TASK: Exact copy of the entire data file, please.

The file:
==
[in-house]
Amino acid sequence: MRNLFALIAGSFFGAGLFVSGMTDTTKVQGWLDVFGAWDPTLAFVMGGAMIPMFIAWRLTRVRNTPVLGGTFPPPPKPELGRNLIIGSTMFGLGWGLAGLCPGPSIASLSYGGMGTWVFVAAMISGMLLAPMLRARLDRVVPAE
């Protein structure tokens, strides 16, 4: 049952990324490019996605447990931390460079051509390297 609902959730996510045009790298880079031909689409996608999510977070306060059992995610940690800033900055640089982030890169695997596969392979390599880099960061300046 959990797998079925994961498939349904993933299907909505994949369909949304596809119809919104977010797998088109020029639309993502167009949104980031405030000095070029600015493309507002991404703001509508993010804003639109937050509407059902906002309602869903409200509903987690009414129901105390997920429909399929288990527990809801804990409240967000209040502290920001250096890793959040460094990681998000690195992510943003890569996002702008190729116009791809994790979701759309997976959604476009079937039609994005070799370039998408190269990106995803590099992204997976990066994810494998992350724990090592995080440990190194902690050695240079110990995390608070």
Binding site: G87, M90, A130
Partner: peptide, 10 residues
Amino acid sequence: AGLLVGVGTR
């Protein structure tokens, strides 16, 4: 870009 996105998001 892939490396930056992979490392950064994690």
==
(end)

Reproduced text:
[in-house]
Amino acid sequence: MRNLFALIAGSFFGAGLFVSGMTDTTKVQGWLDVFGAWDPTLAFVMGGAMIPMFIAWRLTRVRNTPVLGGTFPPPPKPELGRNLIIGSTMFGLGWGLAGLCPGPSIASLSYGGMGTWVFVAAMISGMLLAPMLRARLDRVVPAE
């Protein structure tokens, strides 16, 4: 049952990324490019996605447990931390460079051509390297 609902959730996510045009790298880079031909689409996608999510977070306060059992995610940690800033900055640089982030890169695997596969392979390599880099960061300046 959990797998079925994961498939349904993933299907909505994949369909949304596809119809919104977010797998088109020029639309993502167009949104980031405030000095070029600015493309507002991404703001509508993010804003639109937050509407059902906002309602869903409200509903987690009414129901105390997920429909399929288990527990809801804990409240967000209040502290920001250096890793959040460094990681998000690195992510943003890569996002702008190729116009791809994790979701759309997976959604476009079937039609994005070799370039998408190269990106995803590099992204997976990066994810494998992350724990090592995080440990190194902690050695240079110990995390608070």
Binding site: G87, M90, A130
Partner: peptide, 10 residues
Amino acid sequence: AGLLVGVGTR
């Protein structure tokens, strides 16, 4: 870009 996105998001 892939490396930056992979490392950064994690």